I am not arguing that every replication study must be published. Editors have to use their judgment. Pages really are limited (though less so in the arriving age of electronic publishing) and, more importantly, editors have a responsibility to direct the limited attentional resources of the research community to articles that matter. So any replication study should be carefully evaluated for the skill with which it was conducted, the appropriate level of statistical power, and the overall importance of the conclusion. For example, a solid set of high-powered studies showing that a widely accepted and consequential conclusion was dead wrong, would be important in my book. (So would a series of studies confirming that an important surprising and counter-intuitive finding was actually true. But most aren’t, I suspect.) And this series of studies should, ideally, be published in the same journal that promulgated the original, misleading conclusion. As your mother always said, clean up your own mess.

Other writers have recently laid out interesting, ambitious, and complex plans for reforming psychological research, and even have offered visions of a “research utopia.” I am not doing that here. I only seek to convince you of one point: psychology (and probably all of science) needs more replications. Simply not ruling replication studies as inadmissible out-of-hand would be an encouraging start. Do I ask too much?

From Walter Stewart to Uri Simonsohn

Over on G+, Ole Rogeberg asks what ever happened to Walter Stewart? Stewart was a biologist employed by NIH in the 80s and 90s who became involved in rooting out questionable research practices.

Rogeberg posts an old Omni Magazine interview with Stewart (from 1989) in which Stewart describes how he got involved in investigating fraud and misconduct and what led him to think that it was more widespread than many scientists were willing to acknowledge. If you have been following the fraud scandals in psychology and the work of Uri Simonsohn, you should read it. It is completely riveting. And I found some of the parallels to be uncanny.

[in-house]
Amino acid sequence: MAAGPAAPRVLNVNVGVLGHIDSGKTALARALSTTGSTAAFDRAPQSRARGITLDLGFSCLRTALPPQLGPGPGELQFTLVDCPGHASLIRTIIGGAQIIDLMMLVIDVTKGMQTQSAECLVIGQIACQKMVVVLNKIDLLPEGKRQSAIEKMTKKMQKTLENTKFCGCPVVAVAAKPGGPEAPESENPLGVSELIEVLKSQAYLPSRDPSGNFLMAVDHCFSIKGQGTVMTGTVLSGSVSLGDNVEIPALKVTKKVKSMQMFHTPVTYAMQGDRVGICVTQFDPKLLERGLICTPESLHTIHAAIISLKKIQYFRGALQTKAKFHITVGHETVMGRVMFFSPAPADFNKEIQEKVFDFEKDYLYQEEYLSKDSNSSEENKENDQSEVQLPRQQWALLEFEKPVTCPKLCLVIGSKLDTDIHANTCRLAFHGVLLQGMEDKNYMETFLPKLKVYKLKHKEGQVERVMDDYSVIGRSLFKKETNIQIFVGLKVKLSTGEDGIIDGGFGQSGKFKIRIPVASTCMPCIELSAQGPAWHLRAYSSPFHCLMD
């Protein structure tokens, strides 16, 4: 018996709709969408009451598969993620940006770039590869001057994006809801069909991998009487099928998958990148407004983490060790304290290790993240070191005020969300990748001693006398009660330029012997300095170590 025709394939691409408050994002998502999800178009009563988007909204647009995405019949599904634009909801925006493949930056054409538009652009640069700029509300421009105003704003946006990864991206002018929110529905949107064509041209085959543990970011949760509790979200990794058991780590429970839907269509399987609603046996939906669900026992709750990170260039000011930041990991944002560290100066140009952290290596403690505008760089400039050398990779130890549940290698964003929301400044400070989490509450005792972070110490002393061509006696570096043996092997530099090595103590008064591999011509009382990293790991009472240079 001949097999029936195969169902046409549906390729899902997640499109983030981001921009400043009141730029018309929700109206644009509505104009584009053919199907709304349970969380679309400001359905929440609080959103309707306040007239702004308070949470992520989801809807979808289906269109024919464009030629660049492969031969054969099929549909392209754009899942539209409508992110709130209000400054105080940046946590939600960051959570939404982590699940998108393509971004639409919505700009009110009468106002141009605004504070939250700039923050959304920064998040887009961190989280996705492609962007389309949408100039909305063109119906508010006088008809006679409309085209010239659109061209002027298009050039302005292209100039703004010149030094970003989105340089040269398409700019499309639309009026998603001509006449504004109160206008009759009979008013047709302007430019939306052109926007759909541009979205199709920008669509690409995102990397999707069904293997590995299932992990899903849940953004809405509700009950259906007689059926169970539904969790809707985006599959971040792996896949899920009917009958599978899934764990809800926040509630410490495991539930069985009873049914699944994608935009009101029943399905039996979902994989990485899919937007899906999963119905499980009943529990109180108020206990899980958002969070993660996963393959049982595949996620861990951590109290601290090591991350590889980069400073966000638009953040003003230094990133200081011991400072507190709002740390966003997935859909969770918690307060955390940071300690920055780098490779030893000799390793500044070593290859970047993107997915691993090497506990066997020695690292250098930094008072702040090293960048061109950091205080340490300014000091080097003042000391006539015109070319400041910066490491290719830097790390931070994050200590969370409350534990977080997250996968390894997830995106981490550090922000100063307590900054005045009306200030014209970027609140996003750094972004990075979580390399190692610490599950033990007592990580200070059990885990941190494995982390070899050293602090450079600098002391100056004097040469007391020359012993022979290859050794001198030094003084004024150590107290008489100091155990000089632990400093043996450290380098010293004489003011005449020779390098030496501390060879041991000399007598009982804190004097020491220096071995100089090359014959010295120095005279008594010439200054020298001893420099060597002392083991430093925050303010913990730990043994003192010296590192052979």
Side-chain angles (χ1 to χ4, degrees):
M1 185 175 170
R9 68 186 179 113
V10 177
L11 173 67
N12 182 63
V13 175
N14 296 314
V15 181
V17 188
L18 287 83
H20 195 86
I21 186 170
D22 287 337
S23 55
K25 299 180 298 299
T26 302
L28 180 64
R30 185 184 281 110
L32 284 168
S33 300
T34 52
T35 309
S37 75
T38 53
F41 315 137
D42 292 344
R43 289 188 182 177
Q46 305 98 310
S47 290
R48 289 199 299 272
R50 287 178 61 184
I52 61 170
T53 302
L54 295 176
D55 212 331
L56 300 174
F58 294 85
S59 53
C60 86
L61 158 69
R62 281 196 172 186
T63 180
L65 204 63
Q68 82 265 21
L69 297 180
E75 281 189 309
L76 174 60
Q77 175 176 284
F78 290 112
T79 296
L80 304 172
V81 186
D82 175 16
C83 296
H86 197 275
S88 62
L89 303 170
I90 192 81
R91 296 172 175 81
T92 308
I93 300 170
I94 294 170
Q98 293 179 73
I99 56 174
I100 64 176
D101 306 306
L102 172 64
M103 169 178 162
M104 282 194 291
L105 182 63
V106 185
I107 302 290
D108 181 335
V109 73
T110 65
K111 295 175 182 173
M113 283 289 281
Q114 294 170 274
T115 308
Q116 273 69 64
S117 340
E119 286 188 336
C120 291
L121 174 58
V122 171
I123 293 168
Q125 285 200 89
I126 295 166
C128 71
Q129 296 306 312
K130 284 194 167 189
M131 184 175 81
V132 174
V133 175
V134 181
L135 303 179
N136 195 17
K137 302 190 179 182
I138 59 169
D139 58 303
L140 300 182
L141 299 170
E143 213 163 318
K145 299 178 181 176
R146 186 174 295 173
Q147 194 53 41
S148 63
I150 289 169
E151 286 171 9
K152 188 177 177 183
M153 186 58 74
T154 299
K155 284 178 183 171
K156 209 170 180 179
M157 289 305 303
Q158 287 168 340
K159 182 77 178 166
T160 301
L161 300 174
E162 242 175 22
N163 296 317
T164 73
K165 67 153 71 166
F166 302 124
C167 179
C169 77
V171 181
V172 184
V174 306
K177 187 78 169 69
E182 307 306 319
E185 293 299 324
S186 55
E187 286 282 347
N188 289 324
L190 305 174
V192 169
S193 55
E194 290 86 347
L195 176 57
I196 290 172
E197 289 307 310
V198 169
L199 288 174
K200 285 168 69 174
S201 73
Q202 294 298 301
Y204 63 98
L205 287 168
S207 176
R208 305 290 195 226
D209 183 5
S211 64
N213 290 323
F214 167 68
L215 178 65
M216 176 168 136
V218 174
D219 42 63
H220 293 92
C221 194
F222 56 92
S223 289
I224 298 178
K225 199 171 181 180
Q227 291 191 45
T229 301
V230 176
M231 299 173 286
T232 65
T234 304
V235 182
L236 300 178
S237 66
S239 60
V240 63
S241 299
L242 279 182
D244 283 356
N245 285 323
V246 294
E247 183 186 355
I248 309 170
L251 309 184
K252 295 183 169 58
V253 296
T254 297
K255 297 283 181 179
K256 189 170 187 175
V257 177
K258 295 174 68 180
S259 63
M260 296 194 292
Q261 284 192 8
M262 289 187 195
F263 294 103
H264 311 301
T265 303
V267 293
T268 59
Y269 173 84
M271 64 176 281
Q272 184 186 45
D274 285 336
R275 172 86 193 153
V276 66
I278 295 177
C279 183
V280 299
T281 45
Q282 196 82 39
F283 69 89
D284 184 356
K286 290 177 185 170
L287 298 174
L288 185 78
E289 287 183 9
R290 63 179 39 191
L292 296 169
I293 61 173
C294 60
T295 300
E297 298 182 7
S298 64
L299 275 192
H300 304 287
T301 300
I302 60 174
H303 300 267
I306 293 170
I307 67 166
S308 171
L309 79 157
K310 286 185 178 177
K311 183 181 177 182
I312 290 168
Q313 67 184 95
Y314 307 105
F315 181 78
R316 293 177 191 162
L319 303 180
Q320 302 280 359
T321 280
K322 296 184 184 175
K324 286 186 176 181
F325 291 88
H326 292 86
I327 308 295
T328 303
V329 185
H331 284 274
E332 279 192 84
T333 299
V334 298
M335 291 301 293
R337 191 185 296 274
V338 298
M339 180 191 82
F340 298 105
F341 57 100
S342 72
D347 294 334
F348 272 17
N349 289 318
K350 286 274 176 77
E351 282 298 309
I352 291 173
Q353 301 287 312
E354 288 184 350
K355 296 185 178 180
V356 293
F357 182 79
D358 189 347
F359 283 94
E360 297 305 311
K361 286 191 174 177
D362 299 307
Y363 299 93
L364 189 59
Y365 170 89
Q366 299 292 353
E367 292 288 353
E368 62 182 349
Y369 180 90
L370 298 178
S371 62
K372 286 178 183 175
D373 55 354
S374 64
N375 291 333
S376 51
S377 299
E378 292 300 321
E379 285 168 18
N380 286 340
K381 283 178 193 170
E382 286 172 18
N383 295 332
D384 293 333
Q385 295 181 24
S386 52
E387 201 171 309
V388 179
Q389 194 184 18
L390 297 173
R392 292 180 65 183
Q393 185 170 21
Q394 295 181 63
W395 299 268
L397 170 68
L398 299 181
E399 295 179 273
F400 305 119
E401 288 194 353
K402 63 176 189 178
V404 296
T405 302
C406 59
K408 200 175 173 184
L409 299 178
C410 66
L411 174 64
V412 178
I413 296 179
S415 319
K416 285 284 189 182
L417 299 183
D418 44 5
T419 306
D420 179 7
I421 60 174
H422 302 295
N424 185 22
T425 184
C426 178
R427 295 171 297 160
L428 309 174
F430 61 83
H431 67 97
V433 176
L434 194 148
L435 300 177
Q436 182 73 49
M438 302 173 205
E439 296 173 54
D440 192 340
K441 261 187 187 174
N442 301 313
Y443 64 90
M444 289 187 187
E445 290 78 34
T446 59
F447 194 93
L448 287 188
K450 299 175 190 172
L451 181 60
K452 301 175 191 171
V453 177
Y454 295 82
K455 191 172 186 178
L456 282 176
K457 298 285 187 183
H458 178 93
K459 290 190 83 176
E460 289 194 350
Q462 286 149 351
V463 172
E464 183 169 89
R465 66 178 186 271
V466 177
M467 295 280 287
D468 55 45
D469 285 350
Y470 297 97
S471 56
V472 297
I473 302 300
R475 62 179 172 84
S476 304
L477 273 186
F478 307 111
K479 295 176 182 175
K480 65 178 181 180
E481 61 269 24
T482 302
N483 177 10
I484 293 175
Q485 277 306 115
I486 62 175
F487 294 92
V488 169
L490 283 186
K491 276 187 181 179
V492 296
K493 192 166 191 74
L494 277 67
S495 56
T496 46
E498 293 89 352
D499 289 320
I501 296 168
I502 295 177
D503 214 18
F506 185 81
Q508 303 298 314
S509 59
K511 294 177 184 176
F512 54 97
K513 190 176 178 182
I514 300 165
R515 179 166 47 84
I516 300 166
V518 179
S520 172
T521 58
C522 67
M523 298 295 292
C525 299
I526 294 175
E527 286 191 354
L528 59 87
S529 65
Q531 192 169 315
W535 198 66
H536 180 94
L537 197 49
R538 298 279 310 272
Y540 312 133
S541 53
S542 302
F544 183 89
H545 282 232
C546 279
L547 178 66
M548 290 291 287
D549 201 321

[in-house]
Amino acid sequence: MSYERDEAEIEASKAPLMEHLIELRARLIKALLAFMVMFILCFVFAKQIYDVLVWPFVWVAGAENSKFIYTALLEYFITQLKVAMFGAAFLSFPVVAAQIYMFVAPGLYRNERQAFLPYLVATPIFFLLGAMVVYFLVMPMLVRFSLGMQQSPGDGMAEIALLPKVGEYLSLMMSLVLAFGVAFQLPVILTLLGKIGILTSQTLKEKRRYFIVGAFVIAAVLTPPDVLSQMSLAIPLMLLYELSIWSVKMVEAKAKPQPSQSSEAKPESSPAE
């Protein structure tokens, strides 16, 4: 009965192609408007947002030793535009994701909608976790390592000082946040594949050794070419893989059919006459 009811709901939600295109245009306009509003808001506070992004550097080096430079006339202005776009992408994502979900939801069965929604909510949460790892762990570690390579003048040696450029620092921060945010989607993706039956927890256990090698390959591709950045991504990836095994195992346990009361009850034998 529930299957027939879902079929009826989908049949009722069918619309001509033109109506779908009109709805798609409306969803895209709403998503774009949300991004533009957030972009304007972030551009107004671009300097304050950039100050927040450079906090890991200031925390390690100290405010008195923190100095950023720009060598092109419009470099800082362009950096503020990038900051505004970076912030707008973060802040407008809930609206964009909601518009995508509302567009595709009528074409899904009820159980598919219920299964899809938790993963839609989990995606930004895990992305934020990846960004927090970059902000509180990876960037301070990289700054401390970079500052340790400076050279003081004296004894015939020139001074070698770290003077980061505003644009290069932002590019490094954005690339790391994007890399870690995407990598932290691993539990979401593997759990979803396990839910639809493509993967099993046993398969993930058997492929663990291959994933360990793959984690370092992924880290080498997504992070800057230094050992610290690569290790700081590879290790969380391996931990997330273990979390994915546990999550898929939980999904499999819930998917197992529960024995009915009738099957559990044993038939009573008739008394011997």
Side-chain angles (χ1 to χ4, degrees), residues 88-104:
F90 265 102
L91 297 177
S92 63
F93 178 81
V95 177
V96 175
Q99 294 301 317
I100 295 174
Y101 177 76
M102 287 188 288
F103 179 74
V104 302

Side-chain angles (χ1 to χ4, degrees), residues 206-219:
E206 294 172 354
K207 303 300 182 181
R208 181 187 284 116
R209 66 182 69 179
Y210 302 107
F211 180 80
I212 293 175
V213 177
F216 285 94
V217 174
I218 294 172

For example, on Stewart’s first investigation of questionable research, one of the clues that raised his suspicions was a pattern of too-similar means in a researcher’s observations. Similar problems — estimates closer together than what would be expected by chance — led Simonsohn to finger 2 researchers for misconduct.

And anticipating contemporary calls for more data openness — including the title of Simonsohn’s working paper, “Just Post It,” Stewart writes:

“With present attitudes it’s difficult for an outsider to ask for a scientist’s raw data without appearing to question that person’s integrity. But that attitude absolutely has to change… Once you publish a paper, you’re in essence giving its ideas away. In return for benefits you gain from that – fame, recognition, or whatever – you should be willing to make your lab records and data available.”

Some of the details of how Stewart’s colleagues responded are also alarming. His boss at NIH mused publicly on why he was wasting his talents chasing fraud. Others were even less kind, calling him “the terrorist of the lab.” And when he got into a dispute with his suburban neighbors about not mowing his lawn, Science — yes, that Science — ran a gossip piece on the spat. (Some of the discussions of Simonsohn’s earlier data-detecting efforts have gotten a bit heated, but I haven’t seen anything get that far yet. Let’s hope there aren’t any other social psychologists on the board of his HOA.)

The Stewart interview brought home for me just how much these issues are perennial, and perhaps structural. But the difference from 23 years ago is that we have better tools for change. Journal editors’ gatekeeping powers are weakening in the face of open-access journals and post-publication review.

Will things change for the better? I don’t know. I feel like psychology has an opportunity right now. Maybe we’ll actually step back, have a difficult conversation about what really needs to be done, and make some changes. If not, I bet it won’t be 20 years before the next Stewart/Simonsohn comes along.